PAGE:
Of course, in this present buoyant market we are seeing Series A players play earlier than usual too. But the above logic broadly holds still. Now given that Series A investors demand PMF from the startups before investing, and because they will not invest ideally without seeing a predictable, repeatable customer acquisition playbook, it effectively means that PMF = predictable, repeatable, customer acquisition playbook for VCs. Ideally VCs would also want the sale to be profitable or at least have positive unit economics (should cover all variable costs or is CM2 positive, so that as it grows / scales, it can cover fixed costs).
It is important to factor this above perspective of venture funds, and specifically Series A investors into our definition of PMF, for after all as venture fundable startups you need the successful interplay of raising capital and deploying it. The jugalbandhi (hard to translate into English, but broadly a musical term for successful intertwining of two musical styles) of fundraising and business has to be near-perfect. This marriage of VC perspectives with what founders are seeing from founder interactions gives us the most optimal definition of product-market fit.
Product-Market Fit = Predictable, Repeatable, Positive Growth
My colleague Arpit Agarwal has an interesting sonewhat quirky definition for product-market fit. He says that is the point at which a startup can run on an excel model. What he means is that if you increase the input in the excel model you can see a proportionate output, and this number or working doesnt seem unrealistic. A founder can ask for more capital, as that will drive higher growth and output. Effectively Arpit is only stating what the Series A VCs are saying, that product-market fit is when the startup has a growth or customer acquisition model that is predictable.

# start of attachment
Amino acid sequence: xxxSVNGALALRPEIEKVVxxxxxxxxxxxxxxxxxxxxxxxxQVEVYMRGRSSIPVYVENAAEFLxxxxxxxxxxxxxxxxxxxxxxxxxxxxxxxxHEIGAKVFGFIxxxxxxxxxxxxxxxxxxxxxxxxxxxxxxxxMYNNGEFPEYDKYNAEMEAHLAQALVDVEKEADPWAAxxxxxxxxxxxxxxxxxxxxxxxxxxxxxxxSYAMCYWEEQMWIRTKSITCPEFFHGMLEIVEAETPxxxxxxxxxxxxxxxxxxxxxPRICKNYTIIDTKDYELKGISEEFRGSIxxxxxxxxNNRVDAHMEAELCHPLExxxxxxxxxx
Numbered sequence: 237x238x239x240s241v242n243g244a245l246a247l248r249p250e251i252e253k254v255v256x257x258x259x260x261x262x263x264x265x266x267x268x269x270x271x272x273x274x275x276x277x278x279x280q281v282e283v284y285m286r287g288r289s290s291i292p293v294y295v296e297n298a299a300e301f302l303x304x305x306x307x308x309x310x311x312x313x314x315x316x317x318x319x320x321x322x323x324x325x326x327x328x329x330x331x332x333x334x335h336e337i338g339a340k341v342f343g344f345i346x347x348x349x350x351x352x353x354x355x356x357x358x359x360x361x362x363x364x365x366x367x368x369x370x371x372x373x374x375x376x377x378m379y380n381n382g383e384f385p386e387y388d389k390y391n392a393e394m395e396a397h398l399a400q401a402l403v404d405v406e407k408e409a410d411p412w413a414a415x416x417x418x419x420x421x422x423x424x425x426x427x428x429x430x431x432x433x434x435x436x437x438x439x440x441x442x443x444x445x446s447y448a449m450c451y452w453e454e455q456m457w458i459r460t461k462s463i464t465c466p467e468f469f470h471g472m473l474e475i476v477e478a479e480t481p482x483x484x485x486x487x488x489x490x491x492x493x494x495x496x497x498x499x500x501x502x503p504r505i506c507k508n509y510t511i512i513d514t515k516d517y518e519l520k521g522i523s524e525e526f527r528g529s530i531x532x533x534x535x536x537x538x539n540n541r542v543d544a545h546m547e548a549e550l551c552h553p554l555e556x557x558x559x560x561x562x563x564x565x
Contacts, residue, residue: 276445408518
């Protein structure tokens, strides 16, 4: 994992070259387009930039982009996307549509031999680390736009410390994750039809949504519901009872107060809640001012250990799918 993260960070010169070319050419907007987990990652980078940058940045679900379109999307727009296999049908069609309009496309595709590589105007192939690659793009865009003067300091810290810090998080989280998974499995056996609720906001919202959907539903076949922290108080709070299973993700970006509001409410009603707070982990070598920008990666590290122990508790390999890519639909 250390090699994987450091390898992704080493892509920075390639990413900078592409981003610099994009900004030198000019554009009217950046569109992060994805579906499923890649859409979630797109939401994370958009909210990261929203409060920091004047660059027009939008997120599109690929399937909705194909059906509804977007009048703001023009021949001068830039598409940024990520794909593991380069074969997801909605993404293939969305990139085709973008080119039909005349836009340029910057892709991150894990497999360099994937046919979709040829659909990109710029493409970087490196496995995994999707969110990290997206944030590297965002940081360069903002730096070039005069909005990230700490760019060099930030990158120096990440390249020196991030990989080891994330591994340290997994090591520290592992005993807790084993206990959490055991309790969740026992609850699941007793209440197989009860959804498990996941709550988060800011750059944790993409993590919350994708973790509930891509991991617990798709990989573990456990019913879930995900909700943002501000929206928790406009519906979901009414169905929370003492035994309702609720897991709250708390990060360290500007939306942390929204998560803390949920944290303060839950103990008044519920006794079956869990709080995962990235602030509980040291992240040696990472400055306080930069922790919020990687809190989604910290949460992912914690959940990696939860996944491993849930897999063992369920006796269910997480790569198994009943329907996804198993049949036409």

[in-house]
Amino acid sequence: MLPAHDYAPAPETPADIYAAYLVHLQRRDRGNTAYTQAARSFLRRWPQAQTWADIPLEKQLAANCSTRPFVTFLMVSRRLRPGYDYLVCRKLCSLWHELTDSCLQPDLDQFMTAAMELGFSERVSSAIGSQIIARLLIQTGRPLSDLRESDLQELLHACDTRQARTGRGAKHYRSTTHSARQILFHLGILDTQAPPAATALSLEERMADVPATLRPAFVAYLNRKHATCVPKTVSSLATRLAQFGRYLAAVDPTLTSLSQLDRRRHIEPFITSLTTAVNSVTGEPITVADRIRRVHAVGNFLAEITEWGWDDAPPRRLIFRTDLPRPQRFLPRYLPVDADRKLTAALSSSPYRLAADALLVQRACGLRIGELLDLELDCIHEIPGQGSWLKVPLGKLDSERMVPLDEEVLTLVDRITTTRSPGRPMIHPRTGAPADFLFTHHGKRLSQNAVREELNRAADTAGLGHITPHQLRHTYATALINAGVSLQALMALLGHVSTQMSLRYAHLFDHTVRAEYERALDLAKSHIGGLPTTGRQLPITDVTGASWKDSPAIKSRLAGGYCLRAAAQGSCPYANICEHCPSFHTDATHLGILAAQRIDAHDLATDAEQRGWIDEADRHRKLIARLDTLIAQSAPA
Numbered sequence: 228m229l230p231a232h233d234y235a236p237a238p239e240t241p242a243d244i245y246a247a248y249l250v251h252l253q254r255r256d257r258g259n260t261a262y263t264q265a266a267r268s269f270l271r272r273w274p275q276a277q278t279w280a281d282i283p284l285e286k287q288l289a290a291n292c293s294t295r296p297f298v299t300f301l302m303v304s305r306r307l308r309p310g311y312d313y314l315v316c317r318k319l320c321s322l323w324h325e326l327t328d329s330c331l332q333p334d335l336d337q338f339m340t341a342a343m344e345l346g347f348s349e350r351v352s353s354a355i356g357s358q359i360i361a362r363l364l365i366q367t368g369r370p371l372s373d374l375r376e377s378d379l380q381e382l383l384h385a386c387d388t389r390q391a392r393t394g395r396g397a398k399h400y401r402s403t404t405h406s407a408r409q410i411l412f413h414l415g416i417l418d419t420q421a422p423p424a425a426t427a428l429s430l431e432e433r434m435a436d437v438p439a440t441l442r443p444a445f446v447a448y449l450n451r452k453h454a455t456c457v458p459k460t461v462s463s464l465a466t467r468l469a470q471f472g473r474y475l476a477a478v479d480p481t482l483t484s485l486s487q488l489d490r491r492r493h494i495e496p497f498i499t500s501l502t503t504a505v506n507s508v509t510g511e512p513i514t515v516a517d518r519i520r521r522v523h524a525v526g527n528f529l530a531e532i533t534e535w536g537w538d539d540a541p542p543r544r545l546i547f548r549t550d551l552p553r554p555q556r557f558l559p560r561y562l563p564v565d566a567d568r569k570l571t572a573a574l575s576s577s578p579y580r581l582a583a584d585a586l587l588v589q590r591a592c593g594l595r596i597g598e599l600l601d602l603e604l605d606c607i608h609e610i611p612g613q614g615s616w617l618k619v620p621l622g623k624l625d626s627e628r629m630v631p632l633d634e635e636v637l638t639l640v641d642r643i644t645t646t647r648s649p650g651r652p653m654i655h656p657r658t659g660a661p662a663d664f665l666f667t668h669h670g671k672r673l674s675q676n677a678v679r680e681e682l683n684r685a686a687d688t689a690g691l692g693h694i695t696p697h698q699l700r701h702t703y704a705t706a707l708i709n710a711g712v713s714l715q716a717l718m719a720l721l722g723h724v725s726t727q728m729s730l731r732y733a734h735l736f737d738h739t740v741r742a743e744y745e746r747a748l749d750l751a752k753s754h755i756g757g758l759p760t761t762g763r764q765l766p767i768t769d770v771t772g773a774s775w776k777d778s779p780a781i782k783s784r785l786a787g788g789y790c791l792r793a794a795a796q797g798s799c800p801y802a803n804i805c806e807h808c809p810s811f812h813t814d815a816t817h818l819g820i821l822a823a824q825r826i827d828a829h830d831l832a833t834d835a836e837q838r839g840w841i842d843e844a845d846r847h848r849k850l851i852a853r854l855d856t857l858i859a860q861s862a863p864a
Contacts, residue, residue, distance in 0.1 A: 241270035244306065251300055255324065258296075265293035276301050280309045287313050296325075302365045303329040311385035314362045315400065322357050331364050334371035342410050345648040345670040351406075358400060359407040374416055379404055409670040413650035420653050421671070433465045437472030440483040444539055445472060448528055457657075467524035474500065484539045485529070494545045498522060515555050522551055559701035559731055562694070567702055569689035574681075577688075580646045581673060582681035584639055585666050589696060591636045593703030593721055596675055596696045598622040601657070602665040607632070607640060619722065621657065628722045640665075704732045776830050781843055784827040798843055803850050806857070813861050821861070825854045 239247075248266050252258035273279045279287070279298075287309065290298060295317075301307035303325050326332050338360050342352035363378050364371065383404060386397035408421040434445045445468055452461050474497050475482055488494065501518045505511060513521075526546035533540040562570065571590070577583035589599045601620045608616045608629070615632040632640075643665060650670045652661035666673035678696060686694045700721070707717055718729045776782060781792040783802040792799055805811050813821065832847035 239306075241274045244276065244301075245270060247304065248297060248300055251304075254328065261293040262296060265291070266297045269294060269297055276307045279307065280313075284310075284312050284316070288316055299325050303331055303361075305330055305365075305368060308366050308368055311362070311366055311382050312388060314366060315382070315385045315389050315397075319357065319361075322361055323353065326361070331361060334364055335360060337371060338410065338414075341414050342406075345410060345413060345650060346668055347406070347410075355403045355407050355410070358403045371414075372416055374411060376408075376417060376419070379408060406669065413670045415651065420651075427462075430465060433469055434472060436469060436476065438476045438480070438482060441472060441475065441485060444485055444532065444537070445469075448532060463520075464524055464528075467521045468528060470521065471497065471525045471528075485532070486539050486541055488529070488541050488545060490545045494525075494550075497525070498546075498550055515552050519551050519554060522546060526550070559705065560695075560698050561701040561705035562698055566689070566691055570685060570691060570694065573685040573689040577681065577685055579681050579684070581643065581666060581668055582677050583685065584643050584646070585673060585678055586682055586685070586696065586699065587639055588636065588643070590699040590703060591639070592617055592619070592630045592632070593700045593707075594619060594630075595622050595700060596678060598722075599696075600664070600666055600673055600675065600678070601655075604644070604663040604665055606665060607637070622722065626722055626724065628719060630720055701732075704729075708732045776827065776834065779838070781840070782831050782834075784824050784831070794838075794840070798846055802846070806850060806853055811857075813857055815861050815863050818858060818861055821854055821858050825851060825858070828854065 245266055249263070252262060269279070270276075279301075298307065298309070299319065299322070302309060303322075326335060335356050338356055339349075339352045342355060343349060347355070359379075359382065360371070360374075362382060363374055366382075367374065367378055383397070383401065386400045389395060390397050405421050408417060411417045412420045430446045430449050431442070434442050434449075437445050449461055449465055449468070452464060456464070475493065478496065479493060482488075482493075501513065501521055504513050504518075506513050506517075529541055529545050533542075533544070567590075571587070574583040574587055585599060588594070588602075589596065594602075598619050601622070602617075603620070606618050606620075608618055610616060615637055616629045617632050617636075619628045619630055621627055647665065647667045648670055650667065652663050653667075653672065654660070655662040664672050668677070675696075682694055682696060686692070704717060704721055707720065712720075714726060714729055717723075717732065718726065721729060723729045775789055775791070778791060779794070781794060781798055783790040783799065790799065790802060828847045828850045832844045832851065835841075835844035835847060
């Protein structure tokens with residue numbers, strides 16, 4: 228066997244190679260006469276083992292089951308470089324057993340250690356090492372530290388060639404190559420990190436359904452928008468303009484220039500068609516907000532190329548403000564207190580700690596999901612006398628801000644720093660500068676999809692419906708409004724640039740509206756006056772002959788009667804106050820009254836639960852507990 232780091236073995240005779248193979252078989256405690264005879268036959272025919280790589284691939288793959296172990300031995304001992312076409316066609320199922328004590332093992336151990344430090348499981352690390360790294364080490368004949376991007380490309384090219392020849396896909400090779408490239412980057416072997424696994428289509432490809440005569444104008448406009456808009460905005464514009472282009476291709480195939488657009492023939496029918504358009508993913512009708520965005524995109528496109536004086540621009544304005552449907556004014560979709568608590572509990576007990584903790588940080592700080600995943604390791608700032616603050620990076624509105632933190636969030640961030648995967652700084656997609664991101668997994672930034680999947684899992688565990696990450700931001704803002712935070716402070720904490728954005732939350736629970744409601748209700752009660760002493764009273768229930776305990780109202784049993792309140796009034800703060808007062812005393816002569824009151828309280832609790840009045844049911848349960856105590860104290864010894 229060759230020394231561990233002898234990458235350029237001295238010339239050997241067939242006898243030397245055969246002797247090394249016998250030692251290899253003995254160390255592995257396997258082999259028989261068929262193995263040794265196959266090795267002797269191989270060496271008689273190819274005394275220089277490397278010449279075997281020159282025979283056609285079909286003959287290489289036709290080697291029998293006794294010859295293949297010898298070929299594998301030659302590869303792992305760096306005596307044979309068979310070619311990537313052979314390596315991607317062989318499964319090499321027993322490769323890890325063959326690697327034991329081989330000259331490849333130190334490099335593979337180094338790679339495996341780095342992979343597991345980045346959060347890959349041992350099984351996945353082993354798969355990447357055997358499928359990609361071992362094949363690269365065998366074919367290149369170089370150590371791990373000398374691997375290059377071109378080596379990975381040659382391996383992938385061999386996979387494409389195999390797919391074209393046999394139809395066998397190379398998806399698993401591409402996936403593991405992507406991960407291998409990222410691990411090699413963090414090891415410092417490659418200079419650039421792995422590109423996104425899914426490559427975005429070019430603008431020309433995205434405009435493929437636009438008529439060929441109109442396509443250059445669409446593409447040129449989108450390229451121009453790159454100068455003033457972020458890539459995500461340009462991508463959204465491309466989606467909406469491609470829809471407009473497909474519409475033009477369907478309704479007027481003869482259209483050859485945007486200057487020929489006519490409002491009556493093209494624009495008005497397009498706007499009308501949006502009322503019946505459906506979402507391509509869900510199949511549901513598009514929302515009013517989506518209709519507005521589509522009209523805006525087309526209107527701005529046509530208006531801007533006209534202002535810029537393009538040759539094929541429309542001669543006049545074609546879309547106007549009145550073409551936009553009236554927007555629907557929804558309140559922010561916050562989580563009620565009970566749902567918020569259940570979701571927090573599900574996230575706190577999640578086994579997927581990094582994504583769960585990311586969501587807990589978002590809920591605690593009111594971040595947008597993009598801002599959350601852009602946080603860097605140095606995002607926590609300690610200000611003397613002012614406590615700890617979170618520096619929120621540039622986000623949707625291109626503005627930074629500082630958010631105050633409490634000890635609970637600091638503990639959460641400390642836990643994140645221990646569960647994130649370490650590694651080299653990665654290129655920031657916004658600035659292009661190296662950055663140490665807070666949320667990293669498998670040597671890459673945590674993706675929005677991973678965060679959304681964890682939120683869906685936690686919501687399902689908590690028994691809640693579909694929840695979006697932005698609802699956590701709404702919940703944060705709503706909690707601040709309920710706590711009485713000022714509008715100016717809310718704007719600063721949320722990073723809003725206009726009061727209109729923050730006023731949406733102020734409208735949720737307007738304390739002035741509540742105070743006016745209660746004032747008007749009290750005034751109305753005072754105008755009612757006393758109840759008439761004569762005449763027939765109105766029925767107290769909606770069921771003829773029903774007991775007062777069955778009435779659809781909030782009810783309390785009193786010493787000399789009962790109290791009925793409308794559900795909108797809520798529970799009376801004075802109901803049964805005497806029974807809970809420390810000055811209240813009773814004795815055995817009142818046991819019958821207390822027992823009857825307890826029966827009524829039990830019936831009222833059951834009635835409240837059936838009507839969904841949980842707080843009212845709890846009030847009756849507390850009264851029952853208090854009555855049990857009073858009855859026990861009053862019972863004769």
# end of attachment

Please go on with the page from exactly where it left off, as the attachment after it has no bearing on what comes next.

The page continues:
The second important critieria is repeatability. It is allied in a way to predictability but is different. Predictability is to do with the measure of output we can expect from the input, and repeatability to do with whether we can continue to tap the market or customers. A highly predictable but low repeatable market = very small market. To use an analogy, repeatability means the well is full, and predictability means that the mechanism for lowering the bucket to bring out the water will with most certainty yield a bucket of water.
Lastly, positive unit economics. To use the well analogy, the cost of lowering the bucket to the well (cost of equipment and the labour) should be less than the money you will make from selling the water. Else you cannot go to the Series A VC and say I want to buy 5 more buckets and employ 5 more people to draw water!
Putting all of the above together, we get the definition of product-market fit that is most useful for founders to adopt and implement. PMF is when you have a predictable, repeatable, positive customer acquisition or growth playbook. You can confidently go to a VC and say, every $ I get and invest into my business will see my business grow profitably.
We are beginning to see this above definition come up on the startup / tech interwebs. See here
PMF means you have a working growth playbook
To wrap, let us revisit the two definitions. PMF is not just when your product meets customer needs effectively. This is the stage of Product to Problem Fit. This is the stage when you arrive at the Minimum Viable Product (MVP), or as I term it, Minimum Marketable Product (MMP). Beyond this is the stage of Product-Market Fit where the MVP or MMP has to be taken to market so that you can determine, whether there is a market for the MMP. During this phase, you will have to iterate on the market and the go-to-market / business model, and maybe even the product, to achieve product-market fit. This is the point at which you have clarity on the product, market and go-to-market. You are seeing repeatable, predictable, positive growth and every $ invested into the growth machine yields something incremental on the $. It is now time to throw in more gas!
I wrap this with an illustration I came across recently, which resonated with my thoughts above. This is from the book ‘Corporate Venturing’ by Dado Van Peteghem & Omar Mohout.
Founders, I would love to hear from you. I am happy to clarify any questions on the above, as well as get your perspectives and feedack. Please write to me at email@example.com.